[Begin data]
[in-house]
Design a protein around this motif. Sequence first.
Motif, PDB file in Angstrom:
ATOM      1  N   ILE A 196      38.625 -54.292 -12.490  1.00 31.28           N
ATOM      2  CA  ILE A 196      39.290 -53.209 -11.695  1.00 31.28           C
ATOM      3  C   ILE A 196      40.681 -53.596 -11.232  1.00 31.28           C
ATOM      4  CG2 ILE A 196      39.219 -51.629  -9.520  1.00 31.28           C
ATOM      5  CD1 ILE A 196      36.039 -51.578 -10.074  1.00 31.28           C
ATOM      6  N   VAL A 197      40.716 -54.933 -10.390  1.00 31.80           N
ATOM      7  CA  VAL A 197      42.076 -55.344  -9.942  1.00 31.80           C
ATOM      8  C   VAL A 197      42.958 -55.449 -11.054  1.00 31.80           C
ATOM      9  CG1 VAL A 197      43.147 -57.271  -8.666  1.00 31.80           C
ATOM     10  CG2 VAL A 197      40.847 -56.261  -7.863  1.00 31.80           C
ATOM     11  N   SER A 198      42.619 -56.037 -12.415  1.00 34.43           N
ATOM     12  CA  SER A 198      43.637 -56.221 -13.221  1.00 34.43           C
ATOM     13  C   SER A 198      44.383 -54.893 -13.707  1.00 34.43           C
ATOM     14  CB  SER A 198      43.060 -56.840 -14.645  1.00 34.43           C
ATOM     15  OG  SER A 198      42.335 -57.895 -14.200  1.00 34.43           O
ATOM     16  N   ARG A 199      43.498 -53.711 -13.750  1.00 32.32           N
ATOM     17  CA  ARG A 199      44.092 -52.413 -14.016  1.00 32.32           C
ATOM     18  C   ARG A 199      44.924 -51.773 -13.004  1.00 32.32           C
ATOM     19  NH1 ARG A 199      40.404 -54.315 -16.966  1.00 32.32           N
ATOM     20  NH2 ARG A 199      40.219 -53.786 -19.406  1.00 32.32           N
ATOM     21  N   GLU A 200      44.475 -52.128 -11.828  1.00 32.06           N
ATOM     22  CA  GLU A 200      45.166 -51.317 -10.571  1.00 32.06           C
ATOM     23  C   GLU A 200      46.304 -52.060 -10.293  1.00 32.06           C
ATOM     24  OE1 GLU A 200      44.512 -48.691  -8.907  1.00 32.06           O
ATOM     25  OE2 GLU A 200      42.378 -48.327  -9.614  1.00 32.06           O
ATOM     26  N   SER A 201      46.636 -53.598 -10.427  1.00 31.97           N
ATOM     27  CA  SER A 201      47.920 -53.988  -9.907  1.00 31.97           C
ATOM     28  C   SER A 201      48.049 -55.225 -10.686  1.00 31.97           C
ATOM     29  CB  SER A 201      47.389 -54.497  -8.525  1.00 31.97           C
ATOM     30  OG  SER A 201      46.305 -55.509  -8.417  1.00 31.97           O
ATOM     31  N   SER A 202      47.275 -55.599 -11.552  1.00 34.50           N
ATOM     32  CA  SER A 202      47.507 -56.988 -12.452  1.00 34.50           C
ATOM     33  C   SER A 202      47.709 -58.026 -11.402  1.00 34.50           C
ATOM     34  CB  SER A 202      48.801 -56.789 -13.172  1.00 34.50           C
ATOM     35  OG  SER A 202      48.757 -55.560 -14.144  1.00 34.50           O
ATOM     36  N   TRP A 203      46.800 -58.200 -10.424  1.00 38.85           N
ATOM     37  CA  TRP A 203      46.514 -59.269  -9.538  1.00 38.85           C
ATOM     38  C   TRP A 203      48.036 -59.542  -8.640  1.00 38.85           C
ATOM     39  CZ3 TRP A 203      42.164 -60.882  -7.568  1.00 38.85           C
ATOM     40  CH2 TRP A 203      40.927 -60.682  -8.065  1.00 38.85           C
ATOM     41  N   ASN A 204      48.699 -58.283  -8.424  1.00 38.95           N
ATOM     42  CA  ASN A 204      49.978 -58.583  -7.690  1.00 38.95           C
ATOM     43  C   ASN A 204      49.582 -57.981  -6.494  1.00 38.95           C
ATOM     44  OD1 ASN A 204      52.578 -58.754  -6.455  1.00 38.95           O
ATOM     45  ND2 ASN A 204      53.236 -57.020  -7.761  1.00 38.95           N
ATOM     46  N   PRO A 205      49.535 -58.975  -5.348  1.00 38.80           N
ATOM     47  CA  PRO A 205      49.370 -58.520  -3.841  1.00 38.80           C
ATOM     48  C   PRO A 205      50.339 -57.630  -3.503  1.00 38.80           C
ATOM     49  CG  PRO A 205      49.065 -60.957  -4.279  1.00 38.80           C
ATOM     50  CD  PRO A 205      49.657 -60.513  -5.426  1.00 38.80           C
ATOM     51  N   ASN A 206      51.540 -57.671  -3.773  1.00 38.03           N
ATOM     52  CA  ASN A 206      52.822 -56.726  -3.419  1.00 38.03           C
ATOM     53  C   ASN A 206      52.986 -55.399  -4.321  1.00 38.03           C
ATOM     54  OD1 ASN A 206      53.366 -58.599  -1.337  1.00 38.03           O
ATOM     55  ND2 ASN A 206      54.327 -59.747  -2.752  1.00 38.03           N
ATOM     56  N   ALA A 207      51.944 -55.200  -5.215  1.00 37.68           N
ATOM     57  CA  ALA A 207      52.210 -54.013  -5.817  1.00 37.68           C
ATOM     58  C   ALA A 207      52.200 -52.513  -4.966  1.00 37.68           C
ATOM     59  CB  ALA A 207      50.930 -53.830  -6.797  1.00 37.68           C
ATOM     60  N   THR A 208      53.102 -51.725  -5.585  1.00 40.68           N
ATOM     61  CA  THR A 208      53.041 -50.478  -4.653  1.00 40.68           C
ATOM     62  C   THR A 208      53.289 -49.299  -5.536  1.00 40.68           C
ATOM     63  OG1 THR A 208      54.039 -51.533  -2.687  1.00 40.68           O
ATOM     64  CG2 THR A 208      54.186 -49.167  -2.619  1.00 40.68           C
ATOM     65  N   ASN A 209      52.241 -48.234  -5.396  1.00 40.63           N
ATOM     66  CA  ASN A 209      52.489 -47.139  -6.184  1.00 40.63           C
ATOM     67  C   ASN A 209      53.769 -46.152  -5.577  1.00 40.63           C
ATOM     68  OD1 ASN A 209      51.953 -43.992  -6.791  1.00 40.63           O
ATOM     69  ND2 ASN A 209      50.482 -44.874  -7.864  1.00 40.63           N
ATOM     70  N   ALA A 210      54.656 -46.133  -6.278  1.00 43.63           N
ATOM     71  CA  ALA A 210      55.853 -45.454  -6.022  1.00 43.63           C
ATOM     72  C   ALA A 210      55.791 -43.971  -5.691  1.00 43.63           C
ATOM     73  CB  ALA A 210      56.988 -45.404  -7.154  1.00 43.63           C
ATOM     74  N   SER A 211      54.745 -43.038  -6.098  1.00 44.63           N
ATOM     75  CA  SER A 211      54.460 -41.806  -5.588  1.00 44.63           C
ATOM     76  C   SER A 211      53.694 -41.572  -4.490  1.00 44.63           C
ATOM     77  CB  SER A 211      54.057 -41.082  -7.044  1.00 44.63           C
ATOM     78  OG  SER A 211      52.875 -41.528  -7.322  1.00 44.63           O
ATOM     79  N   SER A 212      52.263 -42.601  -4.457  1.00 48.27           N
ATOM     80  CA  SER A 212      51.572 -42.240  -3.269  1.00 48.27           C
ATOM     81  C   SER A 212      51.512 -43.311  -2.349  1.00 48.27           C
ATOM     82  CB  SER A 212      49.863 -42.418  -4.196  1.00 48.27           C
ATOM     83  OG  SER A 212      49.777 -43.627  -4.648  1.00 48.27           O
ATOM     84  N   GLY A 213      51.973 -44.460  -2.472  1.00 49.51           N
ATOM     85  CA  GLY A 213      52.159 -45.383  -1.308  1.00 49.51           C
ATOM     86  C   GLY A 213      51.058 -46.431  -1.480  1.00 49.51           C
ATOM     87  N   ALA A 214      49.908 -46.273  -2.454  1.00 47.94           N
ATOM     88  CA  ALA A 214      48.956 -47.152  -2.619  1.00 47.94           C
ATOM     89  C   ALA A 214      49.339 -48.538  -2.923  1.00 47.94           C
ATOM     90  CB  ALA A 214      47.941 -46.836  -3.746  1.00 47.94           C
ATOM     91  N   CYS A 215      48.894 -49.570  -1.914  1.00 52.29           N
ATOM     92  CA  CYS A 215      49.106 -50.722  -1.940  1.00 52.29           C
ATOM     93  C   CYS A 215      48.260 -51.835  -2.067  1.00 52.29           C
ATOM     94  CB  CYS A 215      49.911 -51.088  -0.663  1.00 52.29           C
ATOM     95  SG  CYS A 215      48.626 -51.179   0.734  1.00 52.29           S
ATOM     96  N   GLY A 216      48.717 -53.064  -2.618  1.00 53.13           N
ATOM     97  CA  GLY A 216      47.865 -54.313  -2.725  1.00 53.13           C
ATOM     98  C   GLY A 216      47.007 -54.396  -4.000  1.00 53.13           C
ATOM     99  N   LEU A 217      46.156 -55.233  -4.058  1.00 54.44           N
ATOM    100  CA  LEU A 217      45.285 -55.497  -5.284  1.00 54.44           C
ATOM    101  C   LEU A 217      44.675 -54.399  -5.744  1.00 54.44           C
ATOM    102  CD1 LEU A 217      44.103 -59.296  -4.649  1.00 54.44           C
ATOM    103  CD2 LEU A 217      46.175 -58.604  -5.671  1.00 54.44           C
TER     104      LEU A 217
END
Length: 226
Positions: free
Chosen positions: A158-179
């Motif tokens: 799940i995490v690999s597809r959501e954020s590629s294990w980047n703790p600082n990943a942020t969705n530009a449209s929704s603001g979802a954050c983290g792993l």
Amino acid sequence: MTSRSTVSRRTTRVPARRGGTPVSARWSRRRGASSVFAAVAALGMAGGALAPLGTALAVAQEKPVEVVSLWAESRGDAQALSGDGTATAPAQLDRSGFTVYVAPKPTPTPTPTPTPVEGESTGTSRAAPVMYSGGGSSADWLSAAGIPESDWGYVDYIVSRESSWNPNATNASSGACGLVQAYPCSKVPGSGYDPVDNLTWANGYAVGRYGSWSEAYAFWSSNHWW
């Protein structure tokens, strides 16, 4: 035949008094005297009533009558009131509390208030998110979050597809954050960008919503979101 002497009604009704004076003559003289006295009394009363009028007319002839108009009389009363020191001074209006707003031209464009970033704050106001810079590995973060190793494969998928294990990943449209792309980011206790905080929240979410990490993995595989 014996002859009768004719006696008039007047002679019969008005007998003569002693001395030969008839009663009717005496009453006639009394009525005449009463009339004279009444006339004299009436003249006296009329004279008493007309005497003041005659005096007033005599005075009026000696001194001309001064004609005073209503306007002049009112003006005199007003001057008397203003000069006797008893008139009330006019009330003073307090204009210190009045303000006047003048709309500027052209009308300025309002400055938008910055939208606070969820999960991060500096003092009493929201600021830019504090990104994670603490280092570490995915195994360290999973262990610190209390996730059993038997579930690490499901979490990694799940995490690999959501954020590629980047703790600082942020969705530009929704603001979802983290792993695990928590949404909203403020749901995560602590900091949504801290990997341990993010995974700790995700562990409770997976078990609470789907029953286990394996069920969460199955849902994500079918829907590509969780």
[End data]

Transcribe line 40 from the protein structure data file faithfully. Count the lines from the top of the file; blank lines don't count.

ATOM     37  CA  TRP A 203      46.514 -59.269  -9.538  1.00 38.85           C